Posted on Rob Nixon to join the Serious Times Lecture Series at Critical Theory and the Arts
In Slow Violence and the Environmentalism of the Poor, professor of English and Environmental Studies at Princeton University, Rob Nixon, investigates a key aspect of the human failure to respond to what is now—after so many decades of research, evidence and acute warnings—the reality of the destruction of a habitable Earth:
“By slow violence” — he writes in the introduction to his book — “I mean a violence that occurs gradually and out of sight, a violence of delayed destruction that is dispersed across time and space, an attritional violence that is typically not viewed as violence at all.”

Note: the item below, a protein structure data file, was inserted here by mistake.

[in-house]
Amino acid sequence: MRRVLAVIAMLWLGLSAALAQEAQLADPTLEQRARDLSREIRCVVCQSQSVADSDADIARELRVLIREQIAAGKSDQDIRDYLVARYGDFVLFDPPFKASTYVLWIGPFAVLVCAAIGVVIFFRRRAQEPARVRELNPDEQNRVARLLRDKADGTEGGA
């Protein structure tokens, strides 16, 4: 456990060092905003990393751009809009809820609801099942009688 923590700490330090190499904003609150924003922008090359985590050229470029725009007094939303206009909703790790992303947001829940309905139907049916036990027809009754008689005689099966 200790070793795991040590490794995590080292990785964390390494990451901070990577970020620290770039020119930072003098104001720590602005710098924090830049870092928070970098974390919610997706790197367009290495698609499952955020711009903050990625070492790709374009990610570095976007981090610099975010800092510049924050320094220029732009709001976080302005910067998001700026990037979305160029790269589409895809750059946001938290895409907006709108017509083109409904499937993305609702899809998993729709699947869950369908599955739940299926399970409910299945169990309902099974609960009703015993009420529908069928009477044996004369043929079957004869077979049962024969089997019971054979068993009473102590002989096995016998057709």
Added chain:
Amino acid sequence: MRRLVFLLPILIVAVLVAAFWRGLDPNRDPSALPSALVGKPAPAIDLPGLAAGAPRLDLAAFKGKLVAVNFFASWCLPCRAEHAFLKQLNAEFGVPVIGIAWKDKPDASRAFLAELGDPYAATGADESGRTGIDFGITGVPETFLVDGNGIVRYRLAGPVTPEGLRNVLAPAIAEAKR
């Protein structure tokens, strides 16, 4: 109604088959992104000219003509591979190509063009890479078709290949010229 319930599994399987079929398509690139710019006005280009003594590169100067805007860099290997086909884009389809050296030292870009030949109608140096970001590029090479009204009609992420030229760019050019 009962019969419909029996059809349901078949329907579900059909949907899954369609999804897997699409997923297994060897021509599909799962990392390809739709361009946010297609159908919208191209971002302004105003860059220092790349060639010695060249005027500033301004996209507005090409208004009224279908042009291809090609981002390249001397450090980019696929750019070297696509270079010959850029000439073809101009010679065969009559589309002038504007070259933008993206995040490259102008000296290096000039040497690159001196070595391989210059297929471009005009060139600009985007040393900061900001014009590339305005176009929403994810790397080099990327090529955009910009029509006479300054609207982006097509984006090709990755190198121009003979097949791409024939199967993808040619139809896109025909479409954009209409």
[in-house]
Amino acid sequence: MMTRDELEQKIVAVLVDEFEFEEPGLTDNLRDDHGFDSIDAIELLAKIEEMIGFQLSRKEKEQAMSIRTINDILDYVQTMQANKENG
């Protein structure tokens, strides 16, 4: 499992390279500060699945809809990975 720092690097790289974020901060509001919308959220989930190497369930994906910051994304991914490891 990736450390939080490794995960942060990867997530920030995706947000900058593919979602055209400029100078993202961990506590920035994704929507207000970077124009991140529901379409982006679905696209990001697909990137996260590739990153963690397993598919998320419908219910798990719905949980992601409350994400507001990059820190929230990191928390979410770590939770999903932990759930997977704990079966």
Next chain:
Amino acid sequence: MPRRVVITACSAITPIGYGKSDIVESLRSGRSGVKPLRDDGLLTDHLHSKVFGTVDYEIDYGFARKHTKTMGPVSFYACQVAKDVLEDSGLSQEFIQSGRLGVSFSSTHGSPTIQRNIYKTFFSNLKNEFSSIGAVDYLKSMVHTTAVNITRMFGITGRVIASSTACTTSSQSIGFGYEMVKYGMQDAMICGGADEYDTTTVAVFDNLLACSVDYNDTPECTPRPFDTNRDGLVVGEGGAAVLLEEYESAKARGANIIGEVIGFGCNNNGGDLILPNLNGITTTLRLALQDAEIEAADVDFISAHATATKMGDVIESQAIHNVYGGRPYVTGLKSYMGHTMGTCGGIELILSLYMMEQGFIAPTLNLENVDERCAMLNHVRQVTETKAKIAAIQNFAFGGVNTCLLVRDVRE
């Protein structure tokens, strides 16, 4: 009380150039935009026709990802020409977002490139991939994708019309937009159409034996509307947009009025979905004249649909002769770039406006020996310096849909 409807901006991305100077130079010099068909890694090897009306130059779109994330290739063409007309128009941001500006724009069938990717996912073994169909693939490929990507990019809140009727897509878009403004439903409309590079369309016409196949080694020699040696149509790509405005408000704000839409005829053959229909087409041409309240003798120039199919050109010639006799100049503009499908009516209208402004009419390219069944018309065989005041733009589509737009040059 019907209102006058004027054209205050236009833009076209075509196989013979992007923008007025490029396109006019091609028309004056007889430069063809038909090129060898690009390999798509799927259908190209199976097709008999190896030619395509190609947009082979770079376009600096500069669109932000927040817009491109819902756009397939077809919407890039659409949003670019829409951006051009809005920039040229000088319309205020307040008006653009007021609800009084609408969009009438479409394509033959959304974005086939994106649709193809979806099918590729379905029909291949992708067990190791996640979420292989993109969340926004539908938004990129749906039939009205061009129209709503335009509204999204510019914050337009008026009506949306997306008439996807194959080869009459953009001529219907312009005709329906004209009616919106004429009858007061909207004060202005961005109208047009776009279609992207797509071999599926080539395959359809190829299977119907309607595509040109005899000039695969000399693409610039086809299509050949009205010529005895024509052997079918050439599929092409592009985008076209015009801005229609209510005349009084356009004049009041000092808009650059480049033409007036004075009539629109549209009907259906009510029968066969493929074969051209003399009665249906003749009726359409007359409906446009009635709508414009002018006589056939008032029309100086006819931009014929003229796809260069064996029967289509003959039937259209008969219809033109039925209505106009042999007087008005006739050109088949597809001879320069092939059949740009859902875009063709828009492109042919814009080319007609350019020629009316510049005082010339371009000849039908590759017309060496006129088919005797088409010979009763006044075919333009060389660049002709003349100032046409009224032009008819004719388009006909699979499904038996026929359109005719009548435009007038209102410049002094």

Rob Nixon’s study of this massively incremental destruction sets at the center of our focus the calamitous implications on the situation of the impoverished and colonialized.
Rob Nixon is a frequent contributor to the New York Times; his writing has also appeared in The New Yorker, Atlantic Monthly, London Review of Books, Times Literary Supplement, Village Voice, The Nation, The Guardian, Outside, Chronicle of Higher Education, The Independent, Critical Inquiry, PMLA, Social Text, Slate, South Atlantic Quarterly, Transition, Cultural Critique, Contemporary Literature, Journal of Commonwealth and Postcolonial Studies, Ariel, Modern Fiction Studies, New Formations, Public Culture, Black Renaissance/Renaissance Noire.
Other works include, London Calling: V. S. Naipaul, Postcolonial Mandarin (Oxford University Press); Homelands, Harlem and Hollywood: South African Culture and the World Beyond (Routledge); Dreambirds: the Natural History of a Fantasy (Picador).